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There is a transformer (voltage converter), some insulators, and a lamp.

enter image description here

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    \$\begingroup\$ The transformer is fed from the top (high voltage) wire, and it feeds the three (120/240 volt split-phase) wires immediately below it, probably for several houses. The thinner wires below are probably telephone, and below that is probably cable TV. Looks like every place I have ever lived in the USA. Completely mundane. One of the two things labelled "Insulator" is actually a lightning arrestor (spark gap). The other has a fuse to disconnect the supply from the "pole pig". \$\endgroup\$ – user56384 Sep 26 '16 at 16:44
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The large grey cannister is a transformer lowering the high voltage from the long distance power line into the voltage you use at home. Most probably you have 110 /220 V ac. if you are in the USA. The other element with glass is your street lightfixture. If you follow the 3 thick wires comming from the transformer they will go to your house connection. Such socalled pole transformers are widely spread in many countries in the world. In western Europe however you hardly find them because there most house connections are under the ground. The transformers are there placed in little stations. Now we are to it accros the insulator as mentioned in the other answer you find mostly high voltage fuses. They are there to disconnect the transformer from the High voltage supply in case something goes wrong. They also enable the technicians to disconnect the transformer from the supply if work needs to be done.

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  • \$\begingroup\$ I've updated the question, but, as noted in the original, this is in Costa Rica. \$\endgroup\$ – Dancrumb Sep 26 '16 at 14:57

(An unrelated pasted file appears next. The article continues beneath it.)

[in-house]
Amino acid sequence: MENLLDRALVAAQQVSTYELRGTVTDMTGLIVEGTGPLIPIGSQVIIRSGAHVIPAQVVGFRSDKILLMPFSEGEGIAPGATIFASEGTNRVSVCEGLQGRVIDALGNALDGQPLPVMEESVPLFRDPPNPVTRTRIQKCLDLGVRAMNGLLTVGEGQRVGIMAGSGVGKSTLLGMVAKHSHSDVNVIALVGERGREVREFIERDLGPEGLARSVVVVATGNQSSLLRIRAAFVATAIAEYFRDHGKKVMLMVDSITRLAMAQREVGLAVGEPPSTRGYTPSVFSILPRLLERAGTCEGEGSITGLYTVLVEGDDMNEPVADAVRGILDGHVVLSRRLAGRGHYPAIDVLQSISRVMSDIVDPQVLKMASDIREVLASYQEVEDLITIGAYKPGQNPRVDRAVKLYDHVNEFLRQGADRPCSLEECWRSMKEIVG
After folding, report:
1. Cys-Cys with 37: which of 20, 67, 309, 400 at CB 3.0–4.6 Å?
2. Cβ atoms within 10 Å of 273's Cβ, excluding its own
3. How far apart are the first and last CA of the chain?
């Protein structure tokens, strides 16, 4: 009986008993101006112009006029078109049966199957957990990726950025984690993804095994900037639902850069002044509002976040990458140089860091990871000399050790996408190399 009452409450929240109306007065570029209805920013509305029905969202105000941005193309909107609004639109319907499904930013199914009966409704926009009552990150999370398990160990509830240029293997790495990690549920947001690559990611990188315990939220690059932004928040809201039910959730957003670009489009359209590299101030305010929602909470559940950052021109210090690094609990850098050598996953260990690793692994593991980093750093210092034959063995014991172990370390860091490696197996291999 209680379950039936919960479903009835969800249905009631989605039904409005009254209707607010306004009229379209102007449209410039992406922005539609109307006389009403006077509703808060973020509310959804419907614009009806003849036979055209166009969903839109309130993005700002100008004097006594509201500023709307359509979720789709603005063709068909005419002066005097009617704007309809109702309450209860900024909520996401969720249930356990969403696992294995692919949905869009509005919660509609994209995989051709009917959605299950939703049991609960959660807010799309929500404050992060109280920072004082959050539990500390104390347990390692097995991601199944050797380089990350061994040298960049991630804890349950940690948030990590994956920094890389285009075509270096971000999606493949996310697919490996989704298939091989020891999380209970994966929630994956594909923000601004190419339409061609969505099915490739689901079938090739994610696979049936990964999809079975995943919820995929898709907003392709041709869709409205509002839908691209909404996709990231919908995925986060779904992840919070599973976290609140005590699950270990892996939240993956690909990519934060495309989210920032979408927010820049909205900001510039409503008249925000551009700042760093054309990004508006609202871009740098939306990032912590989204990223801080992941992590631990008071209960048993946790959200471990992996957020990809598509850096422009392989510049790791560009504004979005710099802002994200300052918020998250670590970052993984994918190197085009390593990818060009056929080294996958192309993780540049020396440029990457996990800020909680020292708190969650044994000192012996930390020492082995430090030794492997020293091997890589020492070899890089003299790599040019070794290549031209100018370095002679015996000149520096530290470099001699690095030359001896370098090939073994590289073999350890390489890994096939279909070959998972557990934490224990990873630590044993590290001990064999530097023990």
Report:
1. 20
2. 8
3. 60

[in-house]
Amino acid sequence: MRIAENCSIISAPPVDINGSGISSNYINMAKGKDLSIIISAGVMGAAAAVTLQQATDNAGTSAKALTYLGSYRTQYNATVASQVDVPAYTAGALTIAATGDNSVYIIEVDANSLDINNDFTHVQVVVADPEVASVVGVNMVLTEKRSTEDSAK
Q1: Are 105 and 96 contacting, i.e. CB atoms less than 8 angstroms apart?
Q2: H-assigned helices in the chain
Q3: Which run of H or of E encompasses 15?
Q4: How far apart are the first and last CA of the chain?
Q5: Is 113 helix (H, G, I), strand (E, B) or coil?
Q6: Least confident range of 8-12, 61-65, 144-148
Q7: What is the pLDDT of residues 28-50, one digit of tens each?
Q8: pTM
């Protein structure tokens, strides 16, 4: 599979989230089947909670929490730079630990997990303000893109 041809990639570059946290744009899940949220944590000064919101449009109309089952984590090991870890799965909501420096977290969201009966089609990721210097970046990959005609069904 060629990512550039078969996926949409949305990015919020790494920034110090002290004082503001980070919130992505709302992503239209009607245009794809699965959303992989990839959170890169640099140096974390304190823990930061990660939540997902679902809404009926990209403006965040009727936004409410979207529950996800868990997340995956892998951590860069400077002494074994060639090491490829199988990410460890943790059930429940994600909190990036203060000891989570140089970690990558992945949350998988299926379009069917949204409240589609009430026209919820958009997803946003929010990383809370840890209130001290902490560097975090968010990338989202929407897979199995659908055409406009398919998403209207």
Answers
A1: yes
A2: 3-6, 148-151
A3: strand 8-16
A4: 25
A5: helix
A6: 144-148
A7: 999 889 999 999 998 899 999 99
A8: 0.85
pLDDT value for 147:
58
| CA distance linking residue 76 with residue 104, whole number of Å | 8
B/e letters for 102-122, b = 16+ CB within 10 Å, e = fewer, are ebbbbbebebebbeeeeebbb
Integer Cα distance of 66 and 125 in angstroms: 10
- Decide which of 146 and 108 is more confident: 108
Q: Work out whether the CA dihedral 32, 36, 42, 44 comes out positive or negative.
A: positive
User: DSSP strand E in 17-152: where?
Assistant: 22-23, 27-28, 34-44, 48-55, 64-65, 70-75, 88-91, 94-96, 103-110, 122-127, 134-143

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    \$\begingroup\$ I have added some info. The fact that you live in Costa Rica does not change the answer \$\endgroup\$ – Decapod Sep 26 '16 at 15:02
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    \$\begingroup\$ I had one on the pole outside my house in Santa Clara, CA so not just used in rural parts of the USA but also in the towns and cities. \$\endgroup\$ – Andrew Sep 26 '16 at 15:02
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Does Costa Rica have 50Hz power? Many European and island countries do. In any event, that is a Single phase primary, with one (the top) ungrounded high voltage conductor (sharing the grounded/neutral with secondary. The secondary is single phase, three wire, 240VAC/120VAC. Power companies do this in residential areas because it is more practical/cost wise than three phase systems.

BTW Three phase Wye systems are 208VAC/120VAC, with phase-to-phase voltages being 208VAC, and phase-to-ground being 120VAC. This is great for buildings that require more 120VAC circuits because all three phases can be used. A Delta 240VAC/120VAC with 208VAC Hi Leg is great for commercial industrial because you get the full 240VAC phase-to-phase for motors, etc. But that 208VAC to ground Hi leg is problematic! I have seen (never did it, of course) what happens when someone connects a 120VAC appliance or luminaire to the 208VAC Hi Leg and a neutral.